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  • $\begingroup$ Thanks! This at least answers my initial question before the edit. I just realized that the map is not surjective though - when $k=0$, the application $f \mapsto f(0)$ is not of the form $\langle \alpha, - \rangle$... I'll accept anyway because this was what I was most interested in. $\endgroup$ Jan 18, 2016 at 15:34
  • $\begingroup$ I'm glad I was able to help! $\endgroup$ Jan 18, 2016 at 15:48
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Actually, the answer is almost yes on the level of forms themselves. You've provided an inner product on $\Omega^k(M)$, and once you pass to its Hilbert space completion (the so-called space of $L^2$ forms) it is true, by the Riesz representation theorem, that any continuous linear functional $\Omega^k_{L^2}(M) \to \Bbb R$ is uniquely represented by $\alpha \mapsto \langle \alpha, \beta \rangle$; that is, it's uniquely represented by integration against $*\beta$; that is, it's uniquely represented by integration against an $(n-k)$-form. (An $L^2$ form, to be more careful.) To be more precise yet, the map $\Omega^k_{L^2}(M) \to \left(\Omega^k_{L^2}\right)^*$, given by $\alpha \mapsto \langle \cdot,\alpha\rangle$ is an isometry.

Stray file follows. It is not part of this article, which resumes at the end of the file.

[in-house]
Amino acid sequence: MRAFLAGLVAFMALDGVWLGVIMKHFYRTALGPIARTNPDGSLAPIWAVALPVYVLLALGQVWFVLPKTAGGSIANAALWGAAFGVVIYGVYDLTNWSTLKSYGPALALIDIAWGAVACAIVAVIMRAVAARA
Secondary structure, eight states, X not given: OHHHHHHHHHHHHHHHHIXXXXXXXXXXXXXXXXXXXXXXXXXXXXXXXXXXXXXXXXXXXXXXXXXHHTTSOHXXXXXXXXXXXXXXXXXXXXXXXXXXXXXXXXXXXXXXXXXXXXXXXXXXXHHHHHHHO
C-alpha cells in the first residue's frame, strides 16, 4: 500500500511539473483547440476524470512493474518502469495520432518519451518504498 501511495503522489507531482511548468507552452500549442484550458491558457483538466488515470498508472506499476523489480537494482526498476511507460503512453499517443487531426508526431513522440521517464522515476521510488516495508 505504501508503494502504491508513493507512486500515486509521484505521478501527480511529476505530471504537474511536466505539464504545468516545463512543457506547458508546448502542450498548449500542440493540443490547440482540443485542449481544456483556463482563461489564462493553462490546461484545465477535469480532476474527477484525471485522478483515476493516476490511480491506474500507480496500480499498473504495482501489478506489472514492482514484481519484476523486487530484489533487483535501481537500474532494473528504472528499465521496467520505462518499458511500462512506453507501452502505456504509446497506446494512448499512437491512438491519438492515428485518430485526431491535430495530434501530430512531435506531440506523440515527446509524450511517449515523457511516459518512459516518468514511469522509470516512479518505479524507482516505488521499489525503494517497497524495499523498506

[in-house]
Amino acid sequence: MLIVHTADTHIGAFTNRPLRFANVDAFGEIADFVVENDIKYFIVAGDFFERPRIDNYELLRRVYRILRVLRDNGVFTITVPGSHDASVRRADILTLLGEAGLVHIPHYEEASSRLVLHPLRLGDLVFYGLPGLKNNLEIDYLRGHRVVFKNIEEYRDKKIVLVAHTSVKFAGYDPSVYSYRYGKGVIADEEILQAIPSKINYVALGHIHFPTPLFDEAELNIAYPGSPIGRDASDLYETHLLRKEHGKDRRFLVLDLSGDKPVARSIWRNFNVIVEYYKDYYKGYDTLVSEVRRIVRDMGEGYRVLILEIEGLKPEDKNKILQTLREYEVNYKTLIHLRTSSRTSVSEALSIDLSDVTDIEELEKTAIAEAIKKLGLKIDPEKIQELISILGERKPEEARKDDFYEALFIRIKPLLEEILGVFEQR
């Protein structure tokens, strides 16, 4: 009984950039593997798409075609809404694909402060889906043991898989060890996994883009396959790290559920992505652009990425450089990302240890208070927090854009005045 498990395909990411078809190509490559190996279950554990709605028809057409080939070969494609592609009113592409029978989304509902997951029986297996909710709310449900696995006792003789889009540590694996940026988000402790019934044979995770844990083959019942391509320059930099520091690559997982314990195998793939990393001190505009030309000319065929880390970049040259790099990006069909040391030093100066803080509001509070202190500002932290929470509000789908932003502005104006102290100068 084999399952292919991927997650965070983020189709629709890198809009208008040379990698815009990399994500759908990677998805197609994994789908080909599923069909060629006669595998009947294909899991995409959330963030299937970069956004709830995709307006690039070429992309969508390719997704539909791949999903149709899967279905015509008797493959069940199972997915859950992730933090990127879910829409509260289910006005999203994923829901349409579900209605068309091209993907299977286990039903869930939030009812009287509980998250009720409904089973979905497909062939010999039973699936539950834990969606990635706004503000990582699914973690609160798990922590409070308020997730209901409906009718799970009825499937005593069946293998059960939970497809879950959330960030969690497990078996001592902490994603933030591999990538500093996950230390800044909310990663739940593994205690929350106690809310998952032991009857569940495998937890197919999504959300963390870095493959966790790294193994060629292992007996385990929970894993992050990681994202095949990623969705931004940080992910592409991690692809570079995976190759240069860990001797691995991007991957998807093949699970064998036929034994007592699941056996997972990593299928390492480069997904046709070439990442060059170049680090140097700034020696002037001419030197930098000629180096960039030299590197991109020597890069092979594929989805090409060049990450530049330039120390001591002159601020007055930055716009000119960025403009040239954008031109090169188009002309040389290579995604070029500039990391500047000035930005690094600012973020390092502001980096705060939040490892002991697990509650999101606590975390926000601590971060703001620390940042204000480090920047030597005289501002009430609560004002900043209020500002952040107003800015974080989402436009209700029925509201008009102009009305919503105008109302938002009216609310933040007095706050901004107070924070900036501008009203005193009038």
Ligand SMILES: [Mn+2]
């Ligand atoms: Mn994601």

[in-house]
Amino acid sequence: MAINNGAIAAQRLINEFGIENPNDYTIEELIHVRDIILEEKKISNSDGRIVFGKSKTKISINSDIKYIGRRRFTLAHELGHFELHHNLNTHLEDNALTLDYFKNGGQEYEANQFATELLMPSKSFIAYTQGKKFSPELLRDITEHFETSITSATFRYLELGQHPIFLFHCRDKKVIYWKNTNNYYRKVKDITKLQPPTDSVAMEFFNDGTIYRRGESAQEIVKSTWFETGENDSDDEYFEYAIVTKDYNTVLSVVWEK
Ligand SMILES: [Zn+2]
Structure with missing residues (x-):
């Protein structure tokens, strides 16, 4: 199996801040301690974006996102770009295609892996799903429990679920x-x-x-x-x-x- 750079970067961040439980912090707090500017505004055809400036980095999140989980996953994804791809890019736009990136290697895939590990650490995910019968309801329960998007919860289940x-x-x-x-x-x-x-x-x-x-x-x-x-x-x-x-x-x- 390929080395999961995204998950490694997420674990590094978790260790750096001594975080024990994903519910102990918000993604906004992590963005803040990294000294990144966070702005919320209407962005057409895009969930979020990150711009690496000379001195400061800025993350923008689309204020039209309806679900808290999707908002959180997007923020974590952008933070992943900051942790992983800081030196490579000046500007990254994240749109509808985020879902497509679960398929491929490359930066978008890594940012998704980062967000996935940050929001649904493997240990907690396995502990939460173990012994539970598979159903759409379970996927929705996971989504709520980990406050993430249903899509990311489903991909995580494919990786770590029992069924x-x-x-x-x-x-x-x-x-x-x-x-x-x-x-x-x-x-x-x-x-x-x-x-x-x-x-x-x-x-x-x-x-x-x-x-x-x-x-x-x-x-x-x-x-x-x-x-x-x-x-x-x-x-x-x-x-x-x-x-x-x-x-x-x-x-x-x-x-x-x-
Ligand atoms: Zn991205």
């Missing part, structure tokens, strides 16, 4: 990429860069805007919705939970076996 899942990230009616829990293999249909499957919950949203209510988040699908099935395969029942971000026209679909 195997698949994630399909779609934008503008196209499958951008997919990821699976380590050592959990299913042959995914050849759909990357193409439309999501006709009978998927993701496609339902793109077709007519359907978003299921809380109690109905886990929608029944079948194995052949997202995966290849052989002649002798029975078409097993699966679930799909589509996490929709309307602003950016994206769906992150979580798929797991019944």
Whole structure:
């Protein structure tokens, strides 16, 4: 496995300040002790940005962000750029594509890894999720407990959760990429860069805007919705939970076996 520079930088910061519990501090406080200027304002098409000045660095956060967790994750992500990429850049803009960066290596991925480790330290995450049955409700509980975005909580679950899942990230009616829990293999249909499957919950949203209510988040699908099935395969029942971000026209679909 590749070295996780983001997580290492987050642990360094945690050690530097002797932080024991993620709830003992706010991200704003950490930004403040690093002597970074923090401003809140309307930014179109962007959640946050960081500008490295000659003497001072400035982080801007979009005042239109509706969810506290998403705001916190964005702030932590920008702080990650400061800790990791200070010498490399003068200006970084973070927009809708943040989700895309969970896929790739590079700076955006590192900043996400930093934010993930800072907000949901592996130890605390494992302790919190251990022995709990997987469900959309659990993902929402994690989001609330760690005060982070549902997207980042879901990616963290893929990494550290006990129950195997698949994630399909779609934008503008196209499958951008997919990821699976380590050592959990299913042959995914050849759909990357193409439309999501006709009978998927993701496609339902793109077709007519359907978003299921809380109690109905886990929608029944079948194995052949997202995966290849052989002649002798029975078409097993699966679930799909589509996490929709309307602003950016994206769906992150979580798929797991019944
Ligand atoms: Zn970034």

The problem with the example you gave, $f \mapsto f(0)$, is that it is not continuous in the $L^2$-topology, so you definitely should not expect it to be given by integration against any kind of form. But given an $L^2$-continuous functional $\Omega^k(M) \to \Bbb R$, you know it's given by integration against an $(n-k)$-form - but only necessarily an $L^2$ one, as an artifact of the non-completeness of $\Omega^k(M)$.

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  • $\begingroup$ I think but am less sure that if your functional is continuous with respect to the $C^\infty$ topology on forms (which of course is not induced by an inner product at all) then the representing form $\beta$ will be smooth. $\endgroup$
    – user98602
    Jan 19, 2016 at 3:21
  • $\begingroup$ Ah, interesting, thanks. $\endgroup$ Jan 19, 2016 at 8:28
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    $\begingroup$ @MikeMiller I have a stupid question. Once you take the $L^2$ completion and use Riesz, is it possible that $\beta$ does not belong to $\Omega^k$, but only to its completion. Am I missing something? $\endgroup$ Jan 19, 2016 at 18:14
  • $\begingroup$ @SilviaGhinassi: I agree with you. Indeed there must be functionals of this form (just pick one that actually is given by integration against an $L^2$-form!). This is what I was trying to say with the parenthetical (an $L^2$ form...) - apologies for any lack of clarity. $\endgroup$
    – user98602
    Jan 19, 2016 at 18:15
  • $\begingroup$ Yeah. I just noticed that that's what you have written, I read it too fast. But yeah, taking the $L^2$ forms is a good way around it. $\endgroup$ Jan 19, 2016 at 18:19